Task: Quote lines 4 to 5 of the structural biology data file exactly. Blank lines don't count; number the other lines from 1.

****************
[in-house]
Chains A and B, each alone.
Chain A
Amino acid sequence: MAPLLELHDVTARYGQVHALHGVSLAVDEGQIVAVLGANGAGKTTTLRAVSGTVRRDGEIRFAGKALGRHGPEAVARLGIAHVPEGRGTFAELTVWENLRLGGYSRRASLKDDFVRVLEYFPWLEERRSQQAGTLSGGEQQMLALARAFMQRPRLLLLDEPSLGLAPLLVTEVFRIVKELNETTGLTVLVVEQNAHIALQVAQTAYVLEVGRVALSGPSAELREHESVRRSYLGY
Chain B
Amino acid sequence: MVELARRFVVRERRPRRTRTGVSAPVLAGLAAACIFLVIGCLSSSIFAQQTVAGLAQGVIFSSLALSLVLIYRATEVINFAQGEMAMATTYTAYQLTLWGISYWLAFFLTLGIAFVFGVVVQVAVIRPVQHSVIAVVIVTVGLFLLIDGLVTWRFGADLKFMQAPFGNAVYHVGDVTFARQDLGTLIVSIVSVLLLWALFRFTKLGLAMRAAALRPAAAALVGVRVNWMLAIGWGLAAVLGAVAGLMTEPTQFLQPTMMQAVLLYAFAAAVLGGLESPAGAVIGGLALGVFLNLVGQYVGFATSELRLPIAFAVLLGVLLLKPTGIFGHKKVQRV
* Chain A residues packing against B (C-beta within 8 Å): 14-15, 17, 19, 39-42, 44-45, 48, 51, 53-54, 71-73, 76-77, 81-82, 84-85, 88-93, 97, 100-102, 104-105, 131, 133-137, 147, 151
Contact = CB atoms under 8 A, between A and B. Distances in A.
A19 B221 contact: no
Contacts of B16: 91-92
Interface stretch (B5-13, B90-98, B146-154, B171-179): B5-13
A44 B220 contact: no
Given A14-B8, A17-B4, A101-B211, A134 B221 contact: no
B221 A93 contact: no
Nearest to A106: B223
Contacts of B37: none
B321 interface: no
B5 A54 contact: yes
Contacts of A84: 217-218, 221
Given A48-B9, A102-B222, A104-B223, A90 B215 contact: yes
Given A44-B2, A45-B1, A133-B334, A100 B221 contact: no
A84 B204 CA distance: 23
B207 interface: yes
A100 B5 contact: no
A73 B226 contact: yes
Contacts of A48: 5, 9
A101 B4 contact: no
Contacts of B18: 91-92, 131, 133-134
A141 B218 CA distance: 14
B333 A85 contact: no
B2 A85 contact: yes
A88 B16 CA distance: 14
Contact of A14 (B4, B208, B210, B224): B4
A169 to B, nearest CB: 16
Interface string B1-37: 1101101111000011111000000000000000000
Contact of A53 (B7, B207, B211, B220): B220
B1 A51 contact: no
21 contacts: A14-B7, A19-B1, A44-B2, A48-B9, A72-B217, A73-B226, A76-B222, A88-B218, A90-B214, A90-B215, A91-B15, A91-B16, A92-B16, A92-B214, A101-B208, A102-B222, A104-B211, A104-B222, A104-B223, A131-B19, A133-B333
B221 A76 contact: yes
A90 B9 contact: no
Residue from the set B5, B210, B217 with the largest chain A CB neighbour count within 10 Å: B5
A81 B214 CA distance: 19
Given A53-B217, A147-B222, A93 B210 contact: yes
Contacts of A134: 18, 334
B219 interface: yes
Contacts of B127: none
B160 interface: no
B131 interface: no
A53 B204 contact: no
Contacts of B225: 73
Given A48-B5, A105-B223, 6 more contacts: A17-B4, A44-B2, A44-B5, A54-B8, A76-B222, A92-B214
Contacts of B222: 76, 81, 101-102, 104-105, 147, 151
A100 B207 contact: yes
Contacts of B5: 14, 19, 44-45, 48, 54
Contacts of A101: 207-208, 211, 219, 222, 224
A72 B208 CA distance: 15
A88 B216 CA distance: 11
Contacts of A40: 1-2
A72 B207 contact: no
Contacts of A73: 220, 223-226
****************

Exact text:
Amino acid sequence: MAPLLELHDVTARYGQVHALHGVSLAVDEGQIVAVLGANGAGKTTTLRAVSGTVRRDGEIRFAGKALGRHGPEAVARLGIAHVPEGRGTFAELTVWENLRLGGYSRRASLKDDFVRVLEYFPWLEERRSQQAGTLSGGEQQMLALARAFMQRPRLLLLDEPSLGLAPLLVTEVFRIVKELNETTGLTVLVVEQNAHIALQVAQTAYVLEVGRVALSGPSAELREHESVRRSYLGY
Chain B